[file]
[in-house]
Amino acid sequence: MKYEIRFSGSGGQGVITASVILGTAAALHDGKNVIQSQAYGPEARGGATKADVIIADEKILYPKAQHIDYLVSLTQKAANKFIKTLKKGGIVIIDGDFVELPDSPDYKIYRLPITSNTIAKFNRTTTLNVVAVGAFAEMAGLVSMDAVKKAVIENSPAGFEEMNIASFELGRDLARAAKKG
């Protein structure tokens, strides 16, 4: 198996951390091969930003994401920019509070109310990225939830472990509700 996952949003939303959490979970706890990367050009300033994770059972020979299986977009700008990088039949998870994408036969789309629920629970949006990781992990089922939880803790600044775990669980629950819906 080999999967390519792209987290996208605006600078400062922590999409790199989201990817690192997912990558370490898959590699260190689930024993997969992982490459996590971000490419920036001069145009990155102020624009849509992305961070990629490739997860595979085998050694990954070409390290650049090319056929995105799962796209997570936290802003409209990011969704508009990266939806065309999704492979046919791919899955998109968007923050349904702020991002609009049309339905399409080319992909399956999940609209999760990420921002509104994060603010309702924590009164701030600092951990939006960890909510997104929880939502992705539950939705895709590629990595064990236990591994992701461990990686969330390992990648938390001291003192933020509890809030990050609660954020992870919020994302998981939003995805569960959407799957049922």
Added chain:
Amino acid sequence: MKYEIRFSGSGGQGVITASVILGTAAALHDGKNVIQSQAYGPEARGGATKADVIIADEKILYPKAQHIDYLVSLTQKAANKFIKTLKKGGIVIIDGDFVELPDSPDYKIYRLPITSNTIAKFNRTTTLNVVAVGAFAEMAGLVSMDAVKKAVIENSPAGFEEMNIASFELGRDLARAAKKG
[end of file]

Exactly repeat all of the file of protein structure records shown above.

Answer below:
[in-house]
Amino acid sequence: MKYEIRFSGSGGQGVITASVILGTAAALHDGKNVIQSQAYGPEARGGATKADVIIADEKILYPKAQHIDYLVSLTQKAANKFIKTLKKGGIVIIDGDFVELPDSPDYKIYRLPITSNTIAKFNRTTTLNVVAVGAFAEMAGLVSMDAVKKAVIENSPAGFEEMNIASFELGRDLARAAKKG
């Protein structure tokens, strides 16, 4: 198996951390091969930003994401920019509070109310990225939830472990509700 996952949003939303959490979970706890990367050009300033994770059972020979299986977009700008990088039949998870994408036969789309629920629970949006990781992990089922939880803790600044775990669980629950819906 080999999967390519792209987290996208605006600078400062922590999409790199989201990817690192997912990558370490898959590699260190689930024993997969992982490459996590971000490419920036001069145009990155102020624009849509992305961070990629490739997860595979085998050694990954070409390290650049090319056929995105799962796209997570936290802003409209990011969704508009990266939806065309999704492979046919791919899955998109968007923050349904702020991002609009049309339905399409080319992909399956999940609209999760990420921002509104994060603010309702924590009164701030600092951990939006960890909510997104929880939502992705539950939705895709590629990595064990236990591994992701461990990686969330390992990648938390001291003192933020509890809030990050609660954020992870919020994302998981939003995805569960959407799957049922």
Added chain:
Amino acid sequence: MKYEIRFSGSGGQGVITASVILGTAAALHDGKNVIQSQAYGPEARGGATKADVIIADEKILYPKAQHIDYLVSLTQKAANKFIKTLKKGGIVIIDGDFVELPDSPDYKIYRLPITSNTIAKFNRTTTLNVVAVGAFAEMAGLVSMDAVKKAVIENSPAGFEEMNIASFELGRDLARAAKKG